Joe Pisani (opinion): I wanted to be 'The World's Best Grandpa.' Am I really the worst?

GrandParents Icon, people; ELDERLY; SENIOR CITIZENS; ELDERLY COUPLE
GrandParents Icon, people; ELDERLY; SENIOR CITIZENS; ELDERLY COUPLELorelyn Medina / Fotolia

When I was in Tractor Supply, I saw an old geezer wearing a T-shirt that said, “World’s Best Grandpa,” and I suffered what used to be called an “identity crisis” back in the 1960s.

“Why doesn’t anyone buy ME one of those T-shirts?” I wondered. “I have a beautiful granddaughter and two grandsons. So where’s my shirt?”

When I got home, I asked my wife.

“You haven’t gotten a T-shirt that says ‘World’s Best Grandpa,’” she said, “because you’re the world’s worst grandpa.” At that point, my identity crisis went into crisis mode.

Lately, she’s like a dog with a bone, constantly calling me the “world’s worst grandpa.” Maybe because I gave Mike and Ike candies to one grandson whose favorite food used to be broccoli — if you can believe that — and now he wants to eat Mike and Ike instead of his vegetables. Or maybe because I let him drink my coffee even though I warned him it would stunt his growth, and he wouldn’t make it past 3 feet. Or maybe because one grandson pulled the garden hose on me, so I grabbed it and drenched him. Or maybe because I enjoy buying them toys instead of giving them subscriptions to The New Republic.

I really want to be a good grandpa. Honest. I sit longer than any guy my age should be required to sit, watching “Paw Patrol,” followed by “Dino Dana,” about a girl and her creepy dinosaur friends.

But kiddie shows put me to sleep. When I was a boy, we enjoyed violent cartoons such as “Road Runner” and “Woody Woodpecker” that kept you stimulated.

I knew I had to improve my grandfathering skills after students in my public speaking class gave moving tributes to their grandfathers and told how they had a profound influence on their lives ... without giving them Mike and Ike.

I often fantasized that one day my four daughters would say, “Gosh, Dad, you were the best father ever and you’re a terrific grandfather too!” That day hasn’t come. Besides, my wife is going for the World’s Best Grandmother award, and I can’t compete with her. She wants to be the Meryl Streep of grandmothers.

So I’m writing this column for grandparents everywhere who aren’t the best, but better than the rest. You see, the most important celebration of the year is Sept. 12 — National Grandparents Day.

There are 70 million grandparents in America. Some 2.7 million grandparents — two-thirds of them women — are raising 3 million grandchildren. More than 6 million children live in their grandparents’ homes. Three out of four grandparents help with childcare. And grandparents spend $53 billion on their grandkids annually.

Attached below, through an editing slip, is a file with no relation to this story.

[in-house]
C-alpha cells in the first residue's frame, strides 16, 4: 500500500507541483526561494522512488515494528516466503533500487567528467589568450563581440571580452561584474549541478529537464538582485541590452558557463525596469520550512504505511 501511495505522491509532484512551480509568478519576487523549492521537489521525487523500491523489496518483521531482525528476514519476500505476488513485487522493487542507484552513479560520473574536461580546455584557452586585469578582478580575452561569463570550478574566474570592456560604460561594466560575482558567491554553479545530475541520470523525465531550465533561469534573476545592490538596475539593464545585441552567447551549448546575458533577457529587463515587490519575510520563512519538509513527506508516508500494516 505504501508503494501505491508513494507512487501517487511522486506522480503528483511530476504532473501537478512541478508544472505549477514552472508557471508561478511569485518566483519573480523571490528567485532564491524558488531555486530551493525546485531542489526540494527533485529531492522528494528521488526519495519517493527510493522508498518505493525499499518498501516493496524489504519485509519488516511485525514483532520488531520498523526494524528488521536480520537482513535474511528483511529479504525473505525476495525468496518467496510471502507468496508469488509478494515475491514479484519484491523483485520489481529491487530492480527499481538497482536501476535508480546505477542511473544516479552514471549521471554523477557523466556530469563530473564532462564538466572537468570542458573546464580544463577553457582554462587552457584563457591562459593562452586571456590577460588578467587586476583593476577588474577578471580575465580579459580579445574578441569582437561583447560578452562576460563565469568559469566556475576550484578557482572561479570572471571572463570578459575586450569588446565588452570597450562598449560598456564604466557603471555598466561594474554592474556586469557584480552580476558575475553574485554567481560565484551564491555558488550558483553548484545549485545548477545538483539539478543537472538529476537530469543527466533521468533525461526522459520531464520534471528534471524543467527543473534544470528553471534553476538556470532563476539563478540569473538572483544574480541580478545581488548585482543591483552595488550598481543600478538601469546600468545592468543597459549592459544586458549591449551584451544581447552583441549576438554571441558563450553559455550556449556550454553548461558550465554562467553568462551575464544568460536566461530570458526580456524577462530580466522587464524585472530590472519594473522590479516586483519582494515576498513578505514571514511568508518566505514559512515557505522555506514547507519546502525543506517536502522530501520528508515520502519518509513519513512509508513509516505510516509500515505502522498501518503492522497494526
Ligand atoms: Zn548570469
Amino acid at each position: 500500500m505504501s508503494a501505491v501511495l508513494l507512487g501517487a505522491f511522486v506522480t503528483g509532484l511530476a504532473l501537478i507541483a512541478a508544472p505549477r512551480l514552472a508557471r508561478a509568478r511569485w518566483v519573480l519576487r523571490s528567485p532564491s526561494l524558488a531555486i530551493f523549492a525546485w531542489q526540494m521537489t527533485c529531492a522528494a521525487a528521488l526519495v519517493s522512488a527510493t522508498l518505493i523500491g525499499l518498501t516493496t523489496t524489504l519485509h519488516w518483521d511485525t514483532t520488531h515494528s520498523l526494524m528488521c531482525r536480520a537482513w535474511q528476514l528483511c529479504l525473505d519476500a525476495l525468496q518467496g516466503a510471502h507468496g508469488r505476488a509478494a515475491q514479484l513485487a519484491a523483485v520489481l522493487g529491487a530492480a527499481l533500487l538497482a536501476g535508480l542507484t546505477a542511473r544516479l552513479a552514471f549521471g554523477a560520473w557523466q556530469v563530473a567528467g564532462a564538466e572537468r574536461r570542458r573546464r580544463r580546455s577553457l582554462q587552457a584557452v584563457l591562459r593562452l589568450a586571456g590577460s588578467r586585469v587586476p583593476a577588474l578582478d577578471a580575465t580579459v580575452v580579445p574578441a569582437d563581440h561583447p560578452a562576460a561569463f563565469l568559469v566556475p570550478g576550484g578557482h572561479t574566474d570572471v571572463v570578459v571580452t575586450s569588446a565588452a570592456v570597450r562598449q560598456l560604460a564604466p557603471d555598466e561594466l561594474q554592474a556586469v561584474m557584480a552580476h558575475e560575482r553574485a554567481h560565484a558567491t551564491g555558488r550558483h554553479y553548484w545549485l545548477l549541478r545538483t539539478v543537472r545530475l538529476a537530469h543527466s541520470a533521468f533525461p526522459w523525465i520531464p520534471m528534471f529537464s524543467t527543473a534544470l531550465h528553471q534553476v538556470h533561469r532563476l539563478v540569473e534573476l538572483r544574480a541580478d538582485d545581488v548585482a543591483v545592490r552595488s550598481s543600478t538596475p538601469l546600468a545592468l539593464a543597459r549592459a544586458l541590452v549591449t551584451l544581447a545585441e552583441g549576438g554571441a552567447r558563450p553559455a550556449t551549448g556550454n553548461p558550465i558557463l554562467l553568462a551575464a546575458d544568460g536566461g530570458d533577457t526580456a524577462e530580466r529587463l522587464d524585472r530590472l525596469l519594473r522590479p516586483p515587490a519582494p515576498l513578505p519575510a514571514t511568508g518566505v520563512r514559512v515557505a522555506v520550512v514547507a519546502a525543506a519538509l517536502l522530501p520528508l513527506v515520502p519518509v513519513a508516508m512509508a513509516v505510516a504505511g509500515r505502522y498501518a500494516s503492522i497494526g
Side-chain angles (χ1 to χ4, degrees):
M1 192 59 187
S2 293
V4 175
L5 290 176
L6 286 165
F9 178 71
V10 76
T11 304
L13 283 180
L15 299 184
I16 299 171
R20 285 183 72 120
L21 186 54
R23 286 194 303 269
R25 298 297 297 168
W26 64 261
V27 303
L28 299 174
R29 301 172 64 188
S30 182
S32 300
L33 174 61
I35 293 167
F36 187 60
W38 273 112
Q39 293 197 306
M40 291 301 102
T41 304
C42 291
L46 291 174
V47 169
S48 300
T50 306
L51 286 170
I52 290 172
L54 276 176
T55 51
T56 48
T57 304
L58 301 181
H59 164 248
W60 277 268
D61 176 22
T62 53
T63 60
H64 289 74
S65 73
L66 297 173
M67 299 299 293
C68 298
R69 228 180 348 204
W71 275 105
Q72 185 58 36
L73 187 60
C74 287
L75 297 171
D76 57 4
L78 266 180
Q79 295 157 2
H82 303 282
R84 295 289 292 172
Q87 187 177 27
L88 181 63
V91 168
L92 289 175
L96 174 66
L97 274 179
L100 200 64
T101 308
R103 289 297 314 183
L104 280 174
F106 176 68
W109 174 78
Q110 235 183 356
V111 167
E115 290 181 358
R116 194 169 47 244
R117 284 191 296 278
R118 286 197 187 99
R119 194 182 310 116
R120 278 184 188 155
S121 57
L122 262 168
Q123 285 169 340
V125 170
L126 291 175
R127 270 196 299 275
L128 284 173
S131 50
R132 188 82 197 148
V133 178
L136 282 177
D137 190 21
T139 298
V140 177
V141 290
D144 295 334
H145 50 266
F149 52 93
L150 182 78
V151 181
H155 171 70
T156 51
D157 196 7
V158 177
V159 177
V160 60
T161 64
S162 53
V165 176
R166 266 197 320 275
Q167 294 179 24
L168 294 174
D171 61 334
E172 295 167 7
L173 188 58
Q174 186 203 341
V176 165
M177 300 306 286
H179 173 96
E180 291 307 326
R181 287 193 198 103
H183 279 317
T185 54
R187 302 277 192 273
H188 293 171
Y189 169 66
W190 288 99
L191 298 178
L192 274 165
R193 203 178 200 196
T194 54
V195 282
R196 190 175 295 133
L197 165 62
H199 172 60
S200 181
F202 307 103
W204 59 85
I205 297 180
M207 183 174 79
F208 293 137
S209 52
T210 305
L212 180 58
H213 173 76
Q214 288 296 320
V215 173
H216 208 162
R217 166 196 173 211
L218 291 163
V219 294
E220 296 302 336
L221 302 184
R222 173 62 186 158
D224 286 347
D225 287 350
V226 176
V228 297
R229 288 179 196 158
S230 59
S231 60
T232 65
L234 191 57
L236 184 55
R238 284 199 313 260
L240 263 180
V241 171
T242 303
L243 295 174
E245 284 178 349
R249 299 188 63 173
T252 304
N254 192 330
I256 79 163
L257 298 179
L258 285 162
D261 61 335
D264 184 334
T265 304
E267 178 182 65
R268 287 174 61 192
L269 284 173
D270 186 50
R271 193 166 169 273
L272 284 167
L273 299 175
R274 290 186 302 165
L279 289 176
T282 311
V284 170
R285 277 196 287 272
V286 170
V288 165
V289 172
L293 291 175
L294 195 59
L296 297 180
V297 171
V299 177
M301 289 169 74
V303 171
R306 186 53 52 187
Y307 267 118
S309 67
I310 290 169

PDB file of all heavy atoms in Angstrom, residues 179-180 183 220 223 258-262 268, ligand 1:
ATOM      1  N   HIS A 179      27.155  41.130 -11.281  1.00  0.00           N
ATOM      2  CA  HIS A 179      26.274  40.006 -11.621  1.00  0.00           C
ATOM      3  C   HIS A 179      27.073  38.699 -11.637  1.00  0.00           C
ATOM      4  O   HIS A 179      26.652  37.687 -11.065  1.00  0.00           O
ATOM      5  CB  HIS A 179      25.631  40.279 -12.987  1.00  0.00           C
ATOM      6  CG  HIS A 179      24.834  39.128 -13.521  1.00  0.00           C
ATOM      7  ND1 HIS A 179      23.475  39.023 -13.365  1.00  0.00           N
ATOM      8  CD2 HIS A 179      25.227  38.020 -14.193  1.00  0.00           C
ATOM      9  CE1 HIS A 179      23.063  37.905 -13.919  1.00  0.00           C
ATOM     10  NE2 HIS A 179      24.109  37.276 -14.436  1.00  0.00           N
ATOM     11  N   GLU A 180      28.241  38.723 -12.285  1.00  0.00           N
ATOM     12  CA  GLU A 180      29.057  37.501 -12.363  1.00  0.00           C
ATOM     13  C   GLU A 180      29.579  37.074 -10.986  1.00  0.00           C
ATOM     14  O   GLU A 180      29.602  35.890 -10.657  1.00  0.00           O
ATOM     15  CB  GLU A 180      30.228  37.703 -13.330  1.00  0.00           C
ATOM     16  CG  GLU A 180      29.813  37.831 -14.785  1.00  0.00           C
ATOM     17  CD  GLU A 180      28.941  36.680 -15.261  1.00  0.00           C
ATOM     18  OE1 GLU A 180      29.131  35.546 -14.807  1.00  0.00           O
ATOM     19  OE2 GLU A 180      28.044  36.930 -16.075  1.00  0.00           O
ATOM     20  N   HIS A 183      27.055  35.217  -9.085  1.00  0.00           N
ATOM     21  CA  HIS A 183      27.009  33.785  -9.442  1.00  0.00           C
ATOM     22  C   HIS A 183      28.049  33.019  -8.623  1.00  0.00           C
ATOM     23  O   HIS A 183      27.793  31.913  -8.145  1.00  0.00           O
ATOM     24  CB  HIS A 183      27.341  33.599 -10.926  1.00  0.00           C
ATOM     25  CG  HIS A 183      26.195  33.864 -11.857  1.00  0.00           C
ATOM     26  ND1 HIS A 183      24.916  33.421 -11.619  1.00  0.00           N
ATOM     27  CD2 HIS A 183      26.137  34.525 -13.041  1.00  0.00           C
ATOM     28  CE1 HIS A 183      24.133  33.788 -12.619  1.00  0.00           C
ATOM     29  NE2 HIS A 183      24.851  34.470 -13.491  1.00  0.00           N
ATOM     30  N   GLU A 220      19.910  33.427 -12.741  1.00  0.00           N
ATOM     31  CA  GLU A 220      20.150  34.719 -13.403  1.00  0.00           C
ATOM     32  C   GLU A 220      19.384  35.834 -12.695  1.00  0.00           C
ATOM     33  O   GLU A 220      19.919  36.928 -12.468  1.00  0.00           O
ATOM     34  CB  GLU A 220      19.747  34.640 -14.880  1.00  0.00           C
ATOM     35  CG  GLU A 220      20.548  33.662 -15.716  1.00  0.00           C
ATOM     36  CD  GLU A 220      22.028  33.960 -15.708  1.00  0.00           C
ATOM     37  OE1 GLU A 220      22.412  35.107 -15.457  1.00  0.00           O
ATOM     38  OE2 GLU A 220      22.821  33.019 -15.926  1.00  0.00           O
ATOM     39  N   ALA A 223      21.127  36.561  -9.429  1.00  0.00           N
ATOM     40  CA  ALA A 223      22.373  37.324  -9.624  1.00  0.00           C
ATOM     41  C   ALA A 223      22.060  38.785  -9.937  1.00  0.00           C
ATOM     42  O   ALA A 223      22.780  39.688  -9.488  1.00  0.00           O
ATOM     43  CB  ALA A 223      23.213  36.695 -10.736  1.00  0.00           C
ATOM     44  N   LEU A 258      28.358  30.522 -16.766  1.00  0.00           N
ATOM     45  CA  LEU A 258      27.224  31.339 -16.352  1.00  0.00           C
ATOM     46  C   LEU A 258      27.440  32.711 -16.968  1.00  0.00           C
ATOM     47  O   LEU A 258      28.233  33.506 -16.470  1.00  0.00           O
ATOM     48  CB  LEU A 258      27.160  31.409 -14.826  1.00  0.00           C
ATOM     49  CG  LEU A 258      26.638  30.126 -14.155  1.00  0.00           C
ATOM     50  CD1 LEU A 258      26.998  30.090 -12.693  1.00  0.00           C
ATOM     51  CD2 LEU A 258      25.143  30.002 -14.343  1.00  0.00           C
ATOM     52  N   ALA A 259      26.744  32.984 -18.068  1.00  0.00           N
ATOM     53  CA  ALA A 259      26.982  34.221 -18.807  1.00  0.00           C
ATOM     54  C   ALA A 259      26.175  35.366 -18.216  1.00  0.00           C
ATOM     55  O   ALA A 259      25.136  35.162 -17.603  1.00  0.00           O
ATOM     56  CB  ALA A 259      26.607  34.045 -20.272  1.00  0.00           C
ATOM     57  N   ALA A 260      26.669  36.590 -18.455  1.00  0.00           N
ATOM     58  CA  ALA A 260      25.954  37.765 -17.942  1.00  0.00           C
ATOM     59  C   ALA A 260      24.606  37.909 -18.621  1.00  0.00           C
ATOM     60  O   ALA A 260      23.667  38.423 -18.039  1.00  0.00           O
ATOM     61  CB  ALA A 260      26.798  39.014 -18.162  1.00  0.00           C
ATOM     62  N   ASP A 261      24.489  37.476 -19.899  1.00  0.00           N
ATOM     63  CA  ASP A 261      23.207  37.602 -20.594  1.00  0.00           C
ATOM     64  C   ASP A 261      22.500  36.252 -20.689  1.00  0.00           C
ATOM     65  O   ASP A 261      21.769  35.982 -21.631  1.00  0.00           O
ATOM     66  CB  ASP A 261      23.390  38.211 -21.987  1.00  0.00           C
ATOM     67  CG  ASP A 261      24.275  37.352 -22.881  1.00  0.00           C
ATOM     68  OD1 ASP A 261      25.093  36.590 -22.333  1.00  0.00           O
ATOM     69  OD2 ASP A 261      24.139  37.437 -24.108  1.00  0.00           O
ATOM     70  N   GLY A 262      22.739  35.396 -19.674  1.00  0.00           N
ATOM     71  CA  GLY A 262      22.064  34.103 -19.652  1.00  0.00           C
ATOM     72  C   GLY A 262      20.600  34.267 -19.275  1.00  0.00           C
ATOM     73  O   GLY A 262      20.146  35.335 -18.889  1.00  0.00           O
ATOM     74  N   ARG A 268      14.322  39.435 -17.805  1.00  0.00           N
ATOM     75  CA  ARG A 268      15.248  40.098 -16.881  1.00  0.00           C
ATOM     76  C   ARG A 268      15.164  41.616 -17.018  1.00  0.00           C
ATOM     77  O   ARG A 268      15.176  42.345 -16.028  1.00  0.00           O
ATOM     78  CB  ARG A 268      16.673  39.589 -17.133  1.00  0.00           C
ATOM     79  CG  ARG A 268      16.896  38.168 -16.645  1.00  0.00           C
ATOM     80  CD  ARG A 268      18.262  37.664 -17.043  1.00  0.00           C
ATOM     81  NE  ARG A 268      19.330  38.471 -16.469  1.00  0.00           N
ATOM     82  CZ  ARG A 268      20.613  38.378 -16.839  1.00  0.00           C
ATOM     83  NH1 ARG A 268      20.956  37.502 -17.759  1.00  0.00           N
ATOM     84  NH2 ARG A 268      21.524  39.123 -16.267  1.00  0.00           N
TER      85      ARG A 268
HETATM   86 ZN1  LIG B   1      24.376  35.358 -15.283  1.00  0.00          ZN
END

Some well-known people were raised by their grandparents, including Barack Obama, Eric Clapton, 50 Cent, Willie Nelson, Jamie Fox and Bill Clinton.

Grandparents are a natural resource. Consider this:

1. Grandparents generally have money in the savings bank, and they’ll leave you some if you show them a little respect.

2. Grandparents have time on their hands to run errands and pick up grandkids at school and soccer practice.

3. Grandparents offer free babysitting services so parents can go to a Foo Fighters concert or the new “Fast & Furious” movie.

4. Grandparents usually know how to cook — at least they should — and their cooking is better for grandkids than McDonald’s and IHOP.

5. Grandparents have cool stuff in their homes from the prehistoric times that you’ll never find in Target or on Amazon because they probably came from the Peabody Museum.

6. Grandparents love to talk about the “good old days.” Listen to them because America needs to return to the “good old days” before it’s too late.

7. Grandparents have their heads screwed on right, and they aren’t going to let their grandkids watch movies with graphic violence, foul language and sex scenes.

8. Grandparents have more common sense than other people. They have built-in BS detectors, so when a preposterous theory comes out of a place such as Harvard and turns into a national craze, they’ll tell you, “Don’t believe that nonsense.”

9. Grandparents know how to forgive because they’ve lived long enough to know we’re all flawed.

10. Grandparents are tough as nails because they’ve lived through wars and depressions and natural disasters.

11. Unlike a lot of parents, grandparents will take their grandkids to church, temple or mosque.

12. No matter how long grandparents have lived, they know life is short and that only a few things really matter — love, kindness, compassion, God.

Long live grandparents! Hug a grandparent or two today.

Former Stamford Advocate and Greenwich Time Editor Joe Pisani can be reached at joefpisani@yahoo.com.